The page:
Topics in this post include: Chromebooks, Crouton, future of Linux on Chromebooks, Xiwi, Jhbuild, mozjs52, GJS. Links to all resources and documentation used can be found at the bottom of this post.
Update 6 August 2018: The JS engine has now been upgraded to mozjs60 from mozjs52!
The TL;DR Walkthrough
Open up the shell (Ctrl+Alt+T, type shell, hit enter) and type the following to create your chroot with Debian (Buster), the GNOME Desktop environment, an extension to synchronise your clipboard, and Xiwi, a “X.org X11 backend running unaccelerated in a Chromium OS window.”
-n (name) flag is optional but I recommend it, especially if you plan to have multiple Crouton chroots. There is also a
-e flag that allows you to encrypt your chroot.
sudo sh ~/Downloads/crouton -r buster -n NAME_YOUR_CHROOT -t gnome,extension,xiwi
Once you finish the process you can enter your new chroot using Xiwi with the following:
sudo startgnome -n NAME_YOUR_CHROOT -X xiwi
Open up XTerm (you can always install something else later). This is only accurate as of early August 2018, packages are likely to be updated/added/removed later on.
sudo apt-get update sudo apt-get install build-essential autotools-dev autoconf autopoint yelp-tools docbook-xsl git-all apt-file libtool flex bison python-gobject python-dbus libicu-dev libffi-dev libpixman-1-dev libfontconfig1-dev libfreetype6-dev libpng-dev libsource-highlight-dev libgl1-mesa-dev intltool python3-dev libxrender-dev libxml2-dev libxslt1-dev libdbus-glib-1-dev
You’ll get a warning saying, “The system-wide cache is empty. You may want to run ‘apt-file update’ as root to update the cache.” So we’ll do that and continue on to Jhbuild:
sudo apt-file update mkdir ~/jhbuild cd ~/jhbuild git clone --depth=1 git://git.gnome.org/jhbuild cd jhbuild ./autogen.sh --simple-install make make install echo $PATH mkdir ~/bin ln -sf ~/.local/bin/jhbuild ~/bin/jhbuild
For GJS you’ll want to add this into your configuration file. Open up
~/.config/jhbuildrc then add in:
module_autogenargs[‘mozjs60’] = ‘--enable-debug’
I ended up having to do the following to get it to execute jhbuild:
PATH=$PATH:~/.local/bin echo 'PATH=$PATH:~/.local/bin' >> ~/.bashrc
Since I already installed the dependencies I’d need earlier this is mostly to confirm and check that I already had. For some odd reason I can’t use sysdeps to install the packages for me so if there’s a package missing just search the package with
sudo apt-file search PACKAGE_NAME.pc to find the correct name and install from there.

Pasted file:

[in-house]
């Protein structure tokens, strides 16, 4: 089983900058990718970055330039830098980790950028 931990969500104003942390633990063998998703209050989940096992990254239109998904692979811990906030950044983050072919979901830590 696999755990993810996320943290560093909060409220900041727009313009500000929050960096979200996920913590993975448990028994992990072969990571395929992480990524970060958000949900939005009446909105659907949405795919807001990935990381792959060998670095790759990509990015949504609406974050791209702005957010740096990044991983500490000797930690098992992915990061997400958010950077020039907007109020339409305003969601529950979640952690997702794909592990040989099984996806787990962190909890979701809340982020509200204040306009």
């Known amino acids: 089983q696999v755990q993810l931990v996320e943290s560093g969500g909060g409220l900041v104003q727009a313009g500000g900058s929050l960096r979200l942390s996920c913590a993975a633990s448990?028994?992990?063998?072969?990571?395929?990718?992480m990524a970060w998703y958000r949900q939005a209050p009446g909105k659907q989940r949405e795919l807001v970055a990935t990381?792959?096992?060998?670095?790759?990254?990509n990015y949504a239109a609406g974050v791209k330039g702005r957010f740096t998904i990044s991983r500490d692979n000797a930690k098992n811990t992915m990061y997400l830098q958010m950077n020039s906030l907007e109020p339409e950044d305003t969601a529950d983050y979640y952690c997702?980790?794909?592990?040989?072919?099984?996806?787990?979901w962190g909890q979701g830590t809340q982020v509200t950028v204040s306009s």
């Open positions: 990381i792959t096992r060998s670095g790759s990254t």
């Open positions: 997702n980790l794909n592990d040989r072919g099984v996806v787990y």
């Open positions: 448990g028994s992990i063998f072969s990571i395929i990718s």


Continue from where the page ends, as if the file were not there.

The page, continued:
Check for a list of missing/outdated packages in sanitycheck then mozjs52:
jhbuild sanitycheck jhbuild sysdeps mozjs52
If there’s no dependencies required to be installed now move on to build mozjs52:
jhbuild build mozjs52
Repeat the process for GJS:
jhbuild sysdeps gjs jhbuild build gjs
Huzzah you’re done with GJS! But one last thing, backup your chroot so you don’t have to do this again:
sudo edit-chroot -b NAME_YOUR_CHROOT
Why a Chromebook?
So I have an unhealthy love for Chromebooks, especially for development purposes. It’s kind of hard not to as they’re cheap or priced well, durable, ultra portable, and very flexible with being able to create or tear down as many chroots as you’d like. I personally have a tendency to accidentally break everything I use at some point so this is a very nice feature for me.
To say it simply they’re just very lovely accessible machines.
If you don’t already own a Chromebook and have a budget to look past the $200 or less machines I recommend looking for one with at least 32 or 64GB space minimum, with RAM 4 to 8GB minimum. Thankfully you don’t need the most amazing machine in the world possible but it’s nice for running a lot of heavier applications. Plus, Linux is officially rolling out to Chromebooks in custom containers soon!
Getting Linux onto a Chromebook
The Crouton project is well documented and has a Wiki with instructions for varying Chromebooks. I honestly can’t explain it better than they have. With Xiwi you can run Debian or a distro of your choice in a Chromium OS window or tab in Google Chrome (though Debian doesn’t like tabs as I’ve checked).
The downside to Crouton is you’re giving up security features to run it.
Some awesome recent news though is that Google is implementing Linux apps to Chromebooks! It’ll be running inside a VM within a security sandbox. They’ve already rolled out first with the Google Pixelbook line a few days ago and will be rolling out to other models later.
Do I need all of those packages?
So in the walkthrough I put in the following:
sudo apt-get install build-essential autotools-dev autoconf autopoint yelp-tools docbook-xsl git-all apt-file libtool flex bison python-gobject python-dbus libicu-dev libffi-dev libpixman-1-dev libfontconfig1-dev libfreetype6-dev libpng-dev libsource-highlight-dev libgl1-mesa-dev intltool python3-dev libxrender-dev libxml2-dev libxslt1-dev libdbus-glib-1-dev
Breaking that down here’s what you actually need at each step. This is what you likely should install for sure regardless:
sudo apt-get install build-essential autotools-dev autoconf autopoint yelp-tools docbook-xsl git-all apt-file
These were the missing dependencies for Jhbuild from sanitycheck that were missing:
sudo apt-get install libtool flex bison python-gobject python-dbus
And the following were for mozjs52 and GJS:
sudo apt-get install libicu-dev libffi-dev libpixman-1-dev libfontconfig1-dev libfreetype6-dev libpng-dev libsource-highlight-dev libgl1-mesa-dev intltool python3-dev libxrender-dev libxml2-dev libxslt1-dev libdbus-glib-1-dev
Honestly I recommend just checking out each package you need with sysdeps to confirm what you need. You should be able to install the dependencies through sysdeps but for some reason it hasn’t ever worked for me. That’s why I just do apt-file search for each missing package.
But otherwise huzzah you’re ready to go build some things now, have fun!